If you haven’t heard about The Monkees, you should have. They were a boy band every bit as popular as the Beatles, NSYNC and even One Direction, and many of their songs competed with The Beatles for the top position in the charts.
The truth of the matter is, The Monkees were not a real group in the beginning. They were four actors for a TV show about a fictitious band. Mike Nesmith, Peter Tork, Mickey Dolenz and Davy Jones were the actors hired to play the parts, and the original intent was to have them be a front for a TV show to capitalize on the popularity of The Beatles. Although Nesmith and Tork could play the guitar and sing, it didn’t matter since they were never going to be allowed to play on their own records. Session musicians were called in to do all of the soundtrack recording.
The Monkees songs were written by professionals, lined up by legendary producer Don Kirshner, in the song making factory called “The Brill Building.” This was a essentially a facility set up for songwriters that song producers used when they wanted a new hit song. The likes of Neil Diamond, who wrote the #1 hit, “I’m a Believer” and “A Little Bit Me, A Little Bit You,”, while Boyce and Hart penned the #1 song, “Last Train to Clarksville,” and Carole King and Gerry Goffin contributed #3, “Pleasant Valley Sunday,” among several other big-time top 10 hits for the group. All of these song artists worked there, writing songs for others at that time, before their own musical careers took off.
In spite of the fact that the TV show was a big hit, The Monkees themselves were not satisfied. Sure, they were one of the most popular bands around, and yes, they had there own killer TV show and certainly, they were singing #1 songs across the nation. But they weren’t happy. The word got around that they were a made-for-television creation, that they were “manufactured,” and they they couldn’t play a lick even if they tried.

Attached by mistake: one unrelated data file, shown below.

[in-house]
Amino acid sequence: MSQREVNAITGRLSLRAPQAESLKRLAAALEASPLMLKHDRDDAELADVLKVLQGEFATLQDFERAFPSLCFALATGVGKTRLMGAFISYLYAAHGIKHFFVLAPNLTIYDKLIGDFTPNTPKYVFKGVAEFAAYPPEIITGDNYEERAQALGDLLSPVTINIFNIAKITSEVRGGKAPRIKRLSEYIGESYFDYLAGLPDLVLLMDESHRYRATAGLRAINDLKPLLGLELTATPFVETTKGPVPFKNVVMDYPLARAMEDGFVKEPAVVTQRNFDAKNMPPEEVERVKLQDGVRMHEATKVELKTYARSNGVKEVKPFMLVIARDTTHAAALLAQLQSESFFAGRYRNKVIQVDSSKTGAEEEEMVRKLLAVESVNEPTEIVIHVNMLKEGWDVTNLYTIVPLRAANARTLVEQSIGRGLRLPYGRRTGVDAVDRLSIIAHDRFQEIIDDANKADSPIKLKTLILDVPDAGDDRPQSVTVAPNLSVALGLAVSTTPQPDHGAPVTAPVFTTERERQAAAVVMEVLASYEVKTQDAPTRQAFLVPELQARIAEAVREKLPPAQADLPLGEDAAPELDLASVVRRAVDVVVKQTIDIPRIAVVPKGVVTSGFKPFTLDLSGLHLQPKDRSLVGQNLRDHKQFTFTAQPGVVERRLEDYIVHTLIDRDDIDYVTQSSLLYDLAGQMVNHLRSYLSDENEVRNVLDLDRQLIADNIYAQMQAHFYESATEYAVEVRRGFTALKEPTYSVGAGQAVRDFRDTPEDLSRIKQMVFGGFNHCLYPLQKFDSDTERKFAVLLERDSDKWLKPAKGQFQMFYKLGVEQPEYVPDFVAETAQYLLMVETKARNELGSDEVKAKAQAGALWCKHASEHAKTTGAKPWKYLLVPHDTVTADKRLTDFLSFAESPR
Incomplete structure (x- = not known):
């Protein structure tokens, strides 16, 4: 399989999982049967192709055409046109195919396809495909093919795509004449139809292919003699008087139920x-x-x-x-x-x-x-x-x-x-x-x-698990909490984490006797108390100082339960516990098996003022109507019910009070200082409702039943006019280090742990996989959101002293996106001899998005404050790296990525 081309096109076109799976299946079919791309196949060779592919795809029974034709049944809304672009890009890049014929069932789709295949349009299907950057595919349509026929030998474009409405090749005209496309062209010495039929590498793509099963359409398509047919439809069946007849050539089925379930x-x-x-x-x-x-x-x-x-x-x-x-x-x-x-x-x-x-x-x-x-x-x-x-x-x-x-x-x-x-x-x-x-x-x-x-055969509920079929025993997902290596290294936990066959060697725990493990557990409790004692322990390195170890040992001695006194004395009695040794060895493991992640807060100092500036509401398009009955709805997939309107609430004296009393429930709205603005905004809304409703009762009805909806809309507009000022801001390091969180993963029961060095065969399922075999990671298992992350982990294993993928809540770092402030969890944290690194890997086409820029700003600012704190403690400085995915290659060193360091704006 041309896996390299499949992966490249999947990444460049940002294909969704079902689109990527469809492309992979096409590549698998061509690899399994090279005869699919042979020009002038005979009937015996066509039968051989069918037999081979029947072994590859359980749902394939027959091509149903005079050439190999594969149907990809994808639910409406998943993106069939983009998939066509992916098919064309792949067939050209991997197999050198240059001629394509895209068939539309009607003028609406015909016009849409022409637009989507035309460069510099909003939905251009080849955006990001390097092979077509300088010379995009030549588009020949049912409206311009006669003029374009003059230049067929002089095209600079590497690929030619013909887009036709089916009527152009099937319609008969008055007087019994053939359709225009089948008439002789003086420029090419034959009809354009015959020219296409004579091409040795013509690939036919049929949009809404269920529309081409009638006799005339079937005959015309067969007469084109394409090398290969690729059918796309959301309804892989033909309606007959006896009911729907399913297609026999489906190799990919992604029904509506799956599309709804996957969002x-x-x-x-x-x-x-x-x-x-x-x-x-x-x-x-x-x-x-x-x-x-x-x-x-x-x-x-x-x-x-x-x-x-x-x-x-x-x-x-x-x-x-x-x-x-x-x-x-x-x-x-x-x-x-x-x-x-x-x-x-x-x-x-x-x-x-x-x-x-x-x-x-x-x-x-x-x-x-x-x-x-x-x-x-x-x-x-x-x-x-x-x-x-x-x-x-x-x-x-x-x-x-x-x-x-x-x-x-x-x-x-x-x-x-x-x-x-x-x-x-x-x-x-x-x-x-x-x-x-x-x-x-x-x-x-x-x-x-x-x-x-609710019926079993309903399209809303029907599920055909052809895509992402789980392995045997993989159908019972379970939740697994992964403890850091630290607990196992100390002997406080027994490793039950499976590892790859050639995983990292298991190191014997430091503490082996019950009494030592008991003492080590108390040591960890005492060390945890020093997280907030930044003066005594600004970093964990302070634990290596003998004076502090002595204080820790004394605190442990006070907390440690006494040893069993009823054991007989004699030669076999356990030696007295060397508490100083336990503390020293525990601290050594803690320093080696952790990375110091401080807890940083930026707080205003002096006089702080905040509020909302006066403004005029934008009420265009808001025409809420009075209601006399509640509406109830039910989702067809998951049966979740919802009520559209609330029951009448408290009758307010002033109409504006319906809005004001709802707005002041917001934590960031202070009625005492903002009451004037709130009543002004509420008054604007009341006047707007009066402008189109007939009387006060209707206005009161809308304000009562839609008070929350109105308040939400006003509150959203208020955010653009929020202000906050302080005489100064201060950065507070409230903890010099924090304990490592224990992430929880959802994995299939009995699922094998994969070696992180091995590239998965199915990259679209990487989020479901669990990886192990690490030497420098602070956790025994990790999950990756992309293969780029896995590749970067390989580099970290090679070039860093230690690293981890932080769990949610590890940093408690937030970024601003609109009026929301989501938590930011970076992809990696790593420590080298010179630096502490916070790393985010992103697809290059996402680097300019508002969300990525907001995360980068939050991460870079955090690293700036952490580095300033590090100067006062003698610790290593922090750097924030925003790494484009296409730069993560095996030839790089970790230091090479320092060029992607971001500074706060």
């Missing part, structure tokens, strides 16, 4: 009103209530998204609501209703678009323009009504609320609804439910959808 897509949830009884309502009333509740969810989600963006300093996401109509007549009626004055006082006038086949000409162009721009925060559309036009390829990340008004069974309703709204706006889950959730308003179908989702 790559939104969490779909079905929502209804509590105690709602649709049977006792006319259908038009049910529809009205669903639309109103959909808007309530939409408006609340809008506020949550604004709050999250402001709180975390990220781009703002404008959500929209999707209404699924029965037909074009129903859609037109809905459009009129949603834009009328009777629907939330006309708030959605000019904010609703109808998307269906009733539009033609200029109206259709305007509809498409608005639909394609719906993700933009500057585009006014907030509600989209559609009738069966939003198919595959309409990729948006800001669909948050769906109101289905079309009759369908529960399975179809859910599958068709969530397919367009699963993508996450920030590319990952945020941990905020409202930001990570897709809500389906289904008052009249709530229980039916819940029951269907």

Now, you’d think in this age of “Glee,” or lip syncing on stage, or not even singing songs at all, a.k.a. Milli Vanilli, that the Monkees would just take the money and run. But back then they were labeled a sell-out, they were said to be fake, that they were merely puppets run by the establishment, and worst of all, that they weren’t ever a real band. This was too much for the Monkees, as a whole, and particularly Mike Nesmith, to stand for. They demanded a say in their own music and the production values after Nesmith put his fist through a wall at a meeting, while telling Don Kirshner, “That could have been your face!”
Kirshner was fired after that, and the Monkees got their wish. From then on they were on their own, and although they were now a real band, no one believed it anyhow. Their own songs weren’t as good as the professional songwriters had been writing, and whereas they scored a few minor hits, and made one of the most bizarre psychedelic movies ever made called “Head,” the Monkees began to fade away and eventually broke up when the hits stopped coming.
They regrouped in the late 80’s and have been touring ever since, playing their own instruments and being a real band, but the legacy of the fabricated Monkees remians as one of the best pop bands, with some of the most recognizable songs sung, that came out of the 60’s.
Enjoy The Monkees with “I’m a Believer”
Here’s “A Little Bit Me, A Little Bit You,” featuring the Monkee Mobile
One of the first genuine Monkee songs written by Mike Nesmith called, “You Just May Be The One”